Advertisement

BMC Pediatrics

, 19:102 | Cite as

Misdiagnosis of scrub typhus complicated by hemophagocytic syndrome

  • Miaomiao Lin
  • Airong Huang
  • Xiang Zheng
  • Lisha Ge
  • Shijun HeEmail author
Open Access
Research article
Part of the following topical collections:
  1. Infection

Abstract

Background

This study sought to analyze the cases of clinical misdiagnosis of scrub typhus complicated by hemophagocytic syndrome.

Methods

We retrospectively reviewed the medical records for diagnoses, clinical course, chest X-ray findings, laboratory data, and antibiotic therapy.

Results

All nine patients were misdiagnosed at the outpatient department between 07/2009 and 07/2017. They were diagnosed with septicemia and hemophagocytic syndrome, sepsis and hemophagocytic syndrome, severe infection, hepatitis and hemophagocytic syndrome, or upper respiratory tract infection. Among the nine patients, hepatic function examination showed decreased albumin and elevated C-reactive protein levels in all patients; alanine aminotransferase was increased and platelets were decreased in eight patients. Weil-Felix reaction was positive in three of nine patients. Indirect immunofluorescence demonstrated positive IgM antibody and EB virus-IgM in all nine patients; Mycoplasma pneumoniae antibody was positive in seven patients. All nine patients underwent chest computed tomography; no abnormality was found in two patients. Patch shadow with increased density was found in seven patients, including four patients with right pleural effusion and two with bilateral pleural effusion. Bone marrow biopsy was performed in all nine patients and hemophagocytic cells were seen. The nine misdiagnosed cases were given multiple broad-spectrum antibiotics either successively or concomitantly before and after admission, but no effective antibiotics against Orientis tsutsugamushi were applied. After diagnosis was corrected to scrub typhus, five patients were switched to chloramphenicol and dexamethasone, two patients were given azithromycin and dexamethasone, and two patients were treated with chloramphenicol. Body temperature returned to normal within 2–3 days and the children were quickly relieved from their condition.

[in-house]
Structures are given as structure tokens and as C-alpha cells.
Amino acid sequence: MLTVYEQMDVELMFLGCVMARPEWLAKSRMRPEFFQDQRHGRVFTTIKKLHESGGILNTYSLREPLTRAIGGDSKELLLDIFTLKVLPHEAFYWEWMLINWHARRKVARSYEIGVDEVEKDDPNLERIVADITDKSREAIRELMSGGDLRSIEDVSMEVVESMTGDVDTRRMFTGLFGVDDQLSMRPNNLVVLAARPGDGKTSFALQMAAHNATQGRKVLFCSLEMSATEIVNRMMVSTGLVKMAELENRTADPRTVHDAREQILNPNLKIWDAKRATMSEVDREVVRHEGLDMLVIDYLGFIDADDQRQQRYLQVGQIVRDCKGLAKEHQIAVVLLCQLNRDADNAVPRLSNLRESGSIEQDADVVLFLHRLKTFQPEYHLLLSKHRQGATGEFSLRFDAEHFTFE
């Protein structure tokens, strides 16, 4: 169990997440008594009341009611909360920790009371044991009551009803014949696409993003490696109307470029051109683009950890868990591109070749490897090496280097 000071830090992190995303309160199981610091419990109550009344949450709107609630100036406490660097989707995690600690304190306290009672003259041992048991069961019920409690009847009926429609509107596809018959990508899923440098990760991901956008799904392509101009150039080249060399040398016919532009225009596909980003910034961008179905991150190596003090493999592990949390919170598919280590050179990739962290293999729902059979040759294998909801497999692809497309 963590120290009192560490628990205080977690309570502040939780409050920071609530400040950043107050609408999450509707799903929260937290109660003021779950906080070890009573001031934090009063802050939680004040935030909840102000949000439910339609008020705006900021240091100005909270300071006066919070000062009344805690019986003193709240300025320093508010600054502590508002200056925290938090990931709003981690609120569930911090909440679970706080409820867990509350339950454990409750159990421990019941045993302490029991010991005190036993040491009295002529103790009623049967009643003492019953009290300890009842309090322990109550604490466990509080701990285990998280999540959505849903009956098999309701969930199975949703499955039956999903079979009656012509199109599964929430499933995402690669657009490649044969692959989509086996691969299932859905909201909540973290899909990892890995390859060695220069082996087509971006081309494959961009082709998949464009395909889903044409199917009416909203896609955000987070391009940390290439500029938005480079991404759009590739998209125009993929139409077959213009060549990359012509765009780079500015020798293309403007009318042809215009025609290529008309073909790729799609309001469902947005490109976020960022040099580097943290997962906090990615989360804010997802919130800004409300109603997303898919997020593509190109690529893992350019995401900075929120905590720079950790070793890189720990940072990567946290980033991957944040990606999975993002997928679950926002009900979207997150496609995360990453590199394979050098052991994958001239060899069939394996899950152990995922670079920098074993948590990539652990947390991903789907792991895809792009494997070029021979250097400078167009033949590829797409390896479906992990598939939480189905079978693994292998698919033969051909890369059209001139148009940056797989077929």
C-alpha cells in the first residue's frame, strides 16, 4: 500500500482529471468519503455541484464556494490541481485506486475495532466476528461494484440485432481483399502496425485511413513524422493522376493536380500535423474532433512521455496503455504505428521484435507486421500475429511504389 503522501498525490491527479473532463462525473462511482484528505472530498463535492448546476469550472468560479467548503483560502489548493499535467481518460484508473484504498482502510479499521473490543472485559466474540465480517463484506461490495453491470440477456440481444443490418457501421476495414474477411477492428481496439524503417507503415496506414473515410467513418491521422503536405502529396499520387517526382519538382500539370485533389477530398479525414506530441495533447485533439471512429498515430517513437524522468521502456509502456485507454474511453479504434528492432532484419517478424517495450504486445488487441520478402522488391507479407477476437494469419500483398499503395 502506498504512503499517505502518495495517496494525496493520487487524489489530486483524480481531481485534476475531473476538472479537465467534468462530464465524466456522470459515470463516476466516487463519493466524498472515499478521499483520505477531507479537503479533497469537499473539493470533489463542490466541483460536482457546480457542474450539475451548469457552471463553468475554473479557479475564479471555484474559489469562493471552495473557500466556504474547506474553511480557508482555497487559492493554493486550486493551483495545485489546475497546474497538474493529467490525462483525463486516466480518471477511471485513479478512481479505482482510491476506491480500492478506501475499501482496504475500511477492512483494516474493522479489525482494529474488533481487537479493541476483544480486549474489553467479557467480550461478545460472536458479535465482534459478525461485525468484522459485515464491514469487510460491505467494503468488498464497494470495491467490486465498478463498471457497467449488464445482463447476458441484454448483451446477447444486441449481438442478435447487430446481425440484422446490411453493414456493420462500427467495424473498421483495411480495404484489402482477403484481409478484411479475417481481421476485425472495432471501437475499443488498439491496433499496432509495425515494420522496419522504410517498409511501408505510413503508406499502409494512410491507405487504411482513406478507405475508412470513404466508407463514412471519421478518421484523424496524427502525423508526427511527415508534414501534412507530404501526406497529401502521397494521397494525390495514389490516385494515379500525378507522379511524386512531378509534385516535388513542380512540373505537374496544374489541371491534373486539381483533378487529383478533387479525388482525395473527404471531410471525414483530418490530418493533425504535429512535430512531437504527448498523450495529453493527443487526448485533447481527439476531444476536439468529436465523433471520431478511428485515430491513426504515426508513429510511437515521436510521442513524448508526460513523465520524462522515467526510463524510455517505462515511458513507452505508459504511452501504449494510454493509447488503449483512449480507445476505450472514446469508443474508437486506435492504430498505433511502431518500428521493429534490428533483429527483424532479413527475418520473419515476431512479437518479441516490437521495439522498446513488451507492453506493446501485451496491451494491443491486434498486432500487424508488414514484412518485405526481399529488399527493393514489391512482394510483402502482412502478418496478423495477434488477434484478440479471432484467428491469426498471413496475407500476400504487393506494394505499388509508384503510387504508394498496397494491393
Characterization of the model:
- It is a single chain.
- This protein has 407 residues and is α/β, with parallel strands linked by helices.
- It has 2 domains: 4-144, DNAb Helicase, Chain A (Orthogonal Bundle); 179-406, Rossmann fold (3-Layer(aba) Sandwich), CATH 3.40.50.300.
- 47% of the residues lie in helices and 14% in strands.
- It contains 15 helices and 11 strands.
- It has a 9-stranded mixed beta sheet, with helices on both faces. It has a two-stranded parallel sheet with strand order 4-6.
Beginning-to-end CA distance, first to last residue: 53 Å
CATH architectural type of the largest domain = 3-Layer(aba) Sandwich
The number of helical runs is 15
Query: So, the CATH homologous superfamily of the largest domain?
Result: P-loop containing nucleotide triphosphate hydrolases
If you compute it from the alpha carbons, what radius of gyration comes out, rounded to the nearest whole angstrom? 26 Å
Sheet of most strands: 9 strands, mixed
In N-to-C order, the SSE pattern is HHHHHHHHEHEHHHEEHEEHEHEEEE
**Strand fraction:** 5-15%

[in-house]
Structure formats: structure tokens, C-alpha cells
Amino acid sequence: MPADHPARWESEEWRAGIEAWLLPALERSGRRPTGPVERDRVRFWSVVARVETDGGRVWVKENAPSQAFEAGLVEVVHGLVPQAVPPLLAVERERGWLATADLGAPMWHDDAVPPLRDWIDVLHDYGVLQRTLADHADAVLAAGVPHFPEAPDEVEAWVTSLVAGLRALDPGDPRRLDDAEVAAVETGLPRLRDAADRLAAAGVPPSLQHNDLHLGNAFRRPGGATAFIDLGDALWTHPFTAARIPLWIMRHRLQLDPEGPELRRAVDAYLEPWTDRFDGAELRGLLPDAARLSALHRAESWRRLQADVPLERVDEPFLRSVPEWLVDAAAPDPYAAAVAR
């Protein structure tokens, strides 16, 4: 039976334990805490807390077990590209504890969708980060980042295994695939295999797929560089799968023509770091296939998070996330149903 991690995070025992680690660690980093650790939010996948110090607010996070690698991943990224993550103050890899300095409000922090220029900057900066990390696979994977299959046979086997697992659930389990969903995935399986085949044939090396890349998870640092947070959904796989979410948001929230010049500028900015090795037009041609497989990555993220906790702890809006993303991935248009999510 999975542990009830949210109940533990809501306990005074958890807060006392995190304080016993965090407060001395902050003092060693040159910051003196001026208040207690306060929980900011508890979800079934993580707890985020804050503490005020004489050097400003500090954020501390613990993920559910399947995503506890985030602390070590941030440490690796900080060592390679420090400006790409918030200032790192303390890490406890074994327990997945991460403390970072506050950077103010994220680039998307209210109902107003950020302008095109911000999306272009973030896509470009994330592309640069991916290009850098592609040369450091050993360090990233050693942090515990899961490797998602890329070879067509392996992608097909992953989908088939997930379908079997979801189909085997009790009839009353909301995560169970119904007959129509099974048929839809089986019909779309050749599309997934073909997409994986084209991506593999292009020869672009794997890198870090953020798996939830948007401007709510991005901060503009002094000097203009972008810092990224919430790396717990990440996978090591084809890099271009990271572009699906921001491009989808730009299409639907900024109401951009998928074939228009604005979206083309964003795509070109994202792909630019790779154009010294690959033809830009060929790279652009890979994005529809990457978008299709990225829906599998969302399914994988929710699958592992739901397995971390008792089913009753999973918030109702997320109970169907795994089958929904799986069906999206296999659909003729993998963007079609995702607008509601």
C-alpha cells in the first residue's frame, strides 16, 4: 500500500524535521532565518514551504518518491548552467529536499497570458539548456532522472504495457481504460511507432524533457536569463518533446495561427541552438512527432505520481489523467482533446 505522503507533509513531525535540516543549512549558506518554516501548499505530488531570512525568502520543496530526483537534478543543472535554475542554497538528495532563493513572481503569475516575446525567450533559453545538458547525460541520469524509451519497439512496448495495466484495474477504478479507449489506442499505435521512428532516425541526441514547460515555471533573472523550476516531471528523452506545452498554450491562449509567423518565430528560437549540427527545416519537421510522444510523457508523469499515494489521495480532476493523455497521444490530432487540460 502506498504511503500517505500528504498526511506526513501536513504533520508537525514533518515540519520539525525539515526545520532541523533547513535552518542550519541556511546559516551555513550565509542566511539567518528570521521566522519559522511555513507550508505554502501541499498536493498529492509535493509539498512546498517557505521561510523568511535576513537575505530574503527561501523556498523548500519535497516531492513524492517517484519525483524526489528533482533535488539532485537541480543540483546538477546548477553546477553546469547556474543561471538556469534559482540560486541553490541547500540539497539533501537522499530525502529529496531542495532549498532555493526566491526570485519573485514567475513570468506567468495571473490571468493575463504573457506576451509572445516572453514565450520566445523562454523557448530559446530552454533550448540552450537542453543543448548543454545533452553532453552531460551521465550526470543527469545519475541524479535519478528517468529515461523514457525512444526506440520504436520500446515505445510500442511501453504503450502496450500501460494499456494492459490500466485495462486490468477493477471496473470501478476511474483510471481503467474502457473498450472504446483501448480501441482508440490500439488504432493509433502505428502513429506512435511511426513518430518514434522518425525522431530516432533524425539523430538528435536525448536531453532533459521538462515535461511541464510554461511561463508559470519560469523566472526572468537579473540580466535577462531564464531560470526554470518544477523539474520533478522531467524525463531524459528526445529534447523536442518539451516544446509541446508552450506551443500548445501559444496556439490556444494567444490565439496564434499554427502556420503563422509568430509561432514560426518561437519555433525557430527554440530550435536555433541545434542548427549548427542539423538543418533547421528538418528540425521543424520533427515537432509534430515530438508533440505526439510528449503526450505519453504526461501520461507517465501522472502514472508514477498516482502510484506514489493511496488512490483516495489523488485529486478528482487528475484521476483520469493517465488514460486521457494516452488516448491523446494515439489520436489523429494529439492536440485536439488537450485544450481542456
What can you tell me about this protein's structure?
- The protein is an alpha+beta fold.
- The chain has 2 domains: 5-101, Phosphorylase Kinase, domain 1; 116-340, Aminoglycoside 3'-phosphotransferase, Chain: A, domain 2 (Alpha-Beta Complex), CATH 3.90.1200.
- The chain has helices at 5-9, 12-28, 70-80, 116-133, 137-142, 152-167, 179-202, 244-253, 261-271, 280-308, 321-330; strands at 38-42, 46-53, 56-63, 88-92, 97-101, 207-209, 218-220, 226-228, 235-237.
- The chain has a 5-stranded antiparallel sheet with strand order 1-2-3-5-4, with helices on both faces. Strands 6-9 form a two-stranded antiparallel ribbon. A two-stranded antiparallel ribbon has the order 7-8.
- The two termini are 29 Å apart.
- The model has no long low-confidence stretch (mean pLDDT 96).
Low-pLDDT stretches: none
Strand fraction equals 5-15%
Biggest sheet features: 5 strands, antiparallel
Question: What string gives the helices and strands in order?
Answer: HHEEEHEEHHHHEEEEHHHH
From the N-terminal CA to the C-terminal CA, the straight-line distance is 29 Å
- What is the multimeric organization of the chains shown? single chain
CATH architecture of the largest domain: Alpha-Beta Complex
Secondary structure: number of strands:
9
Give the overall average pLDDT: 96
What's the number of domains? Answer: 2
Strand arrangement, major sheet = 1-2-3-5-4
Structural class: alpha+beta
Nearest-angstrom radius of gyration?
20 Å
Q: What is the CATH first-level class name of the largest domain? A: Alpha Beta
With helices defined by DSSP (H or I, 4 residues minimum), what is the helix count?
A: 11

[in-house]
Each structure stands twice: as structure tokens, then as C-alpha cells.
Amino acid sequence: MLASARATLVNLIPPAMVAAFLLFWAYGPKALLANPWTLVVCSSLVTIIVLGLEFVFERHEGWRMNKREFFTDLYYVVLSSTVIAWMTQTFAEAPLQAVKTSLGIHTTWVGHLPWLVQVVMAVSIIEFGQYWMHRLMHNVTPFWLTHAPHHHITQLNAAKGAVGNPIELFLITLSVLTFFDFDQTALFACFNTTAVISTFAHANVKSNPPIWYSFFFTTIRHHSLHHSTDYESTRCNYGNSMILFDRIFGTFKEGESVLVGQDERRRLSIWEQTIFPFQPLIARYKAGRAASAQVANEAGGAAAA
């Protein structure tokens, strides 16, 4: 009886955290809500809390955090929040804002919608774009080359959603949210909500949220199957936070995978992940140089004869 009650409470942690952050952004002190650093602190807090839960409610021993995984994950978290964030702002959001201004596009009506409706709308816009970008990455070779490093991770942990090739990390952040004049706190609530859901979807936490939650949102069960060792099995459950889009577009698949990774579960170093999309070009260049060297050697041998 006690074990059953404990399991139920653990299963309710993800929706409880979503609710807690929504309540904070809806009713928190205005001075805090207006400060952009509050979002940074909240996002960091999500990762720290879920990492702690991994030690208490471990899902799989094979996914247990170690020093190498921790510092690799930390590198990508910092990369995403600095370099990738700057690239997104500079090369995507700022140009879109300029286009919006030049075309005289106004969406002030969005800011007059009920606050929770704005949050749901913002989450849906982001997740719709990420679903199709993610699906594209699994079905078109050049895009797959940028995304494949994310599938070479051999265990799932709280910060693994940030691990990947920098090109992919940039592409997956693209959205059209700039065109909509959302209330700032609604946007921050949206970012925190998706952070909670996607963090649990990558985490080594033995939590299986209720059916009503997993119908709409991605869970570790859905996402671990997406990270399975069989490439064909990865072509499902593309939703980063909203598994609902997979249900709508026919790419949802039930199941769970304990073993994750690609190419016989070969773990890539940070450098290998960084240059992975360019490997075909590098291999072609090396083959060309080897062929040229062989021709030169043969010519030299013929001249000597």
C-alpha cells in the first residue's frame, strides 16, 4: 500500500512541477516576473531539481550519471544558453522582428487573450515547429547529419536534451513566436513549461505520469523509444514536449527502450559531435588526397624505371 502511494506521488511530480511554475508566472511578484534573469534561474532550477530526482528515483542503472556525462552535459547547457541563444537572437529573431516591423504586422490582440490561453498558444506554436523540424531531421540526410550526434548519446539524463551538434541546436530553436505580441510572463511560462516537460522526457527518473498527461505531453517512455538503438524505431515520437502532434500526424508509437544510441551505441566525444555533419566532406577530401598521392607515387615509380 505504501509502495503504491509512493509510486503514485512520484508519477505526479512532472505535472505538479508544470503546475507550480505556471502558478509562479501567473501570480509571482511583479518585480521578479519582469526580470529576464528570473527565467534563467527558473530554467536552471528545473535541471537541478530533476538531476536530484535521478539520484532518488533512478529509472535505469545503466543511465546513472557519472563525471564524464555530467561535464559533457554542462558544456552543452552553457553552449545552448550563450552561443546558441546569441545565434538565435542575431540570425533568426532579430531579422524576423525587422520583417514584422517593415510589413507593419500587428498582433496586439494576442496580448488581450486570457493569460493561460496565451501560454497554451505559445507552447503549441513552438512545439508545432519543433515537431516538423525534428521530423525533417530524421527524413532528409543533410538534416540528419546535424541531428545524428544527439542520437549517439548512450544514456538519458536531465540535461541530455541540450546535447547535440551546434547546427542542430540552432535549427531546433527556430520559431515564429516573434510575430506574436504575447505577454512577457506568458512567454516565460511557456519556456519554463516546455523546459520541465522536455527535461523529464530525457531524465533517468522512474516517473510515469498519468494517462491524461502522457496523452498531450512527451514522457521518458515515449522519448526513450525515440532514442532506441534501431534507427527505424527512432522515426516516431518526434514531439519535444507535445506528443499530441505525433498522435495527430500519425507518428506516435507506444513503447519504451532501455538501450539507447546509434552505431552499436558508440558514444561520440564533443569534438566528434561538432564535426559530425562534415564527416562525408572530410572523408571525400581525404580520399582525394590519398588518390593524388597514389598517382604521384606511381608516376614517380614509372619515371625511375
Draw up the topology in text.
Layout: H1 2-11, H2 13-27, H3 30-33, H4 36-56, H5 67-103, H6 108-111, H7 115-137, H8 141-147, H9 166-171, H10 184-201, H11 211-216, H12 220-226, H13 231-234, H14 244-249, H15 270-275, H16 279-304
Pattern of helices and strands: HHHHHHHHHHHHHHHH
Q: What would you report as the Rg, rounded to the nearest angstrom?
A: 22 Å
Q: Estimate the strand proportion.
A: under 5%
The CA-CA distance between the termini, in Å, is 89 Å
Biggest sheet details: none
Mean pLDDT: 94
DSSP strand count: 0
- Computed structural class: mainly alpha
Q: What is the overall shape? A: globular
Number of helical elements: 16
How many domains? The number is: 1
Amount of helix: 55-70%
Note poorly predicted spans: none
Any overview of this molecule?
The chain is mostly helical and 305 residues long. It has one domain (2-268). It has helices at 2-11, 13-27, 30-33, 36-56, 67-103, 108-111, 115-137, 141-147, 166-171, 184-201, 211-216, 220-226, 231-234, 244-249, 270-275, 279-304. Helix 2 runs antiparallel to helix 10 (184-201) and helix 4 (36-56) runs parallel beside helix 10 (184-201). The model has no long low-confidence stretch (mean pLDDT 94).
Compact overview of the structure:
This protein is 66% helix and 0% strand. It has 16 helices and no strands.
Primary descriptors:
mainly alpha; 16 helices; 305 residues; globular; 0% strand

Conclusion

Hemophagocytic syndrome may be the presenting clinical feature of scrub typhus and initially mask the disease. Initial misdiagnosis is common and includes septicemia and hemophagocytic syndrome. The eschar is a useful diagnostic clue and febrile patients without any localizing signs should be thoroughly examined for its presence.

Keywords

Scrub typhus Hemophagocytic syndrome Eschar Misdiagnosis 

Abbreviations

HPS

Hemophagocytic syndrome

IFA

Immunofluorescent assay

Background

Scrub typhus is a natural disease caused by Orientis tsutsugamushi. It Is transmitted by chigger bites, which are common in southeastern coastal areas and southwestern provinces and cities in Asia [1]. The severity of scrub typhus is highly variable among patients, ranging from mild symptoms to multiple organ failure and even death [2]. Scrub typhus is often misdiagnosed and there are 19 misdiagnoses for scrub typhus [3]. The rate of misdiagnosis is associated with the number of damaged organs, i.e., the more damaged organs, the higher the misdiagnosis rate is, which can be up to 71% [4]. Delayed diagnosis and neglect of scrub typhus might contribute to the misdiagnosis of scrub typhus [5]. When scrub typhus is complicated by hemophagocytic syndrome (HPS), clinical diagnosis and treatment are even more difficult, and the disease is prone to rapid deterioration and even death. Hence, this study aimed to summarize nine misdiagnosis cases of scrub typhus complicated by HPS.

Methods

Subjects

Between July 2009 and July 2017, case records of nine hospitalized children were scrutinized, including five males and four females, with age at onset of 11 months to 10 years. In terms of onset time, four cases occurred in July, four in August, and one in November. All children had a history of walking and playing on the grass before the onset.

Diagnosis

Scrub typhus was diagnosed by published criteria [6], which are based on epidemiology, fever, specific eschar or ulcer, and serum indirect immunofluorescent assay (IFA) IgM ≥1:80. Meanwhile, the diagnostic criteria of HPS were those recommended by the Hematology group, Chinese Pediatric Society, Chinese Medical Association (2012) [7]. Once patients were diagnosed with scrub typhus, they underwent the routine tests for HPS such as blood routine, coagulation function, blood lipids, serum ferritin, T lymphocyte subsets, bone marrow puncture, etc., as well as other tests such as X-ray or chest CT, blood liver function, Weil-Felix reaction (reference titers for OX19, OX2, and OXK were all ≤ 1:160), indirect immunofluorescent assay, EB virus-IgM, Mycoplasma pneumoniae (by ELISA and PCR), etc.

Clinical evaluation

The outpatient and admission diagnosis, revised diagnosis, location of skin eschar or ulcer, clinical and imaging findings, selection of antibiotics, bone marrow examination, imaging examinations, and laboratory examinations were evaluated.

Results

Clinical manifestations